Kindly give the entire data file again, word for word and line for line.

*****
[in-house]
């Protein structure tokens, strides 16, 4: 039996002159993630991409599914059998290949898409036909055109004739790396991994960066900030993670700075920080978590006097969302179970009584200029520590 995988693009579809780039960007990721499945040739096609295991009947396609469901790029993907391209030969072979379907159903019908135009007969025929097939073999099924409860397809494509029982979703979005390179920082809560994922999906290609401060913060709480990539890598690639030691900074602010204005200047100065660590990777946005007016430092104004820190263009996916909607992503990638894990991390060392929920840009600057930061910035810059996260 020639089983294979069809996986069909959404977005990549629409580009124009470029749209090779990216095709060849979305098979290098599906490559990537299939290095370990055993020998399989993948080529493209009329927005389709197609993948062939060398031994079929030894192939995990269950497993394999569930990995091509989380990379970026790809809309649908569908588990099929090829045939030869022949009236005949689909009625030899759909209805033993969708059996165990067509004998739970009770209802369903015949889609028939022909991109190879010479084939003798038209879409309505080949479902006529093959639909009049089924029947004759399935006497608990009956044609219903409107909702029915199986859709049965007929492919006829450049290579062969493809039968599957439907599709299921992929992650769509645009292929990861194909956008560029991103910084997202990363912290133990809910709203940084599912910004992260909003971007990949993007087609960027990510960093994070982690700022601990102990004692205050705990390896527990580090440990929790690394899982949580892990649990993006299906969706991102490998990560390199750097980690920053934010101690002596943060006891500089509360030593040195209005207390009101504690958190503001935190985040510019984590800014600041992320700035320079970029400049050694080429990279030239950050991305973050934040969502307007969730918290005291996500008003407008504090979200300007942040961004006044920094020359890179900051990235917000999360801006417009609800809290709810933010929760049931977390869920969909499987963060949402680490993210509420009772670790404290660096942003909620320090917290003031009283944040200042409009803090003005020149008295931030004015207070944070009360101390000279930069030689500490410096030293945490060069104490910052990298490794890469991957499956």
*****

[in-house]
């Protein structure tokens, strides 16, 4: 039996002159993630991409599914059998290949898409036909055109004739790396991994960066900030993670700075920080978590006097969302179970009584200029520590 995988693009579809780039960007990721499945040739096609295991009947396609469901790029993907391209030969072979379907159903019908135009007969025929097939073999099924409860397809494509029982979703979005390179920082809560994922999906290609401060913060709480990539890598690639030691900074602010204005200047100065660590990777946005007016430092104004820190263009996916909607992503990638894990991390060392929920840009600057930061910035810059996260 020639089983294979069809996986069909959404977005990549629409580009124009470029749209090779990216095709060849979305098979290098599906490559990537299939290095370990055993020998399989993948080529493209009329927005389709197609993948062939060398031994079929030894192939995990269950497993394999569930990995091509989380990379970026790809809309649908569908588990099929090829045939030869022949009236005949689909009625030899759909209805033993969708059996165990067509004998739970009770209802369903015949889609028939022909991109190879010479084939003798038209879409309505080949479902006529093959639909009049089924029947004759399935006497608990009956044609219903409107909702029915199986859709049965007929492919006829450049290579062969493809039968599957439907599709299921992929992650769509645009292929990861194909956008560029991103910084997202990363912290133990809910709203940084599912910004992260909003971007990949993007087609960027990510960093994070982690700022601990102990004692205050705990390896527990580090440990929790690394899982949580892990649990993006299906969706991102490998990560390199750097980690920053934010101690002596943060006891500089509360030593040195209005207390009101504690958190503001935190985040510019984590800014600041992320700035320079970029400049050694080429990279030239950050991305973050934040969502307007969730918290005291996500008003407008504090979200300007942040961004006044920094020359890179900051990235917000999360801006417009609800809290709810933010929760049931977390869920969909499987963060949402680490993210509420009772670790404290660096942003909620320090917290003031009283944040200042409009803090003005020149008295931030004015207070944070009360101390000279930069030689500490410096030293945490060069104490910052990298490794890469991957499956």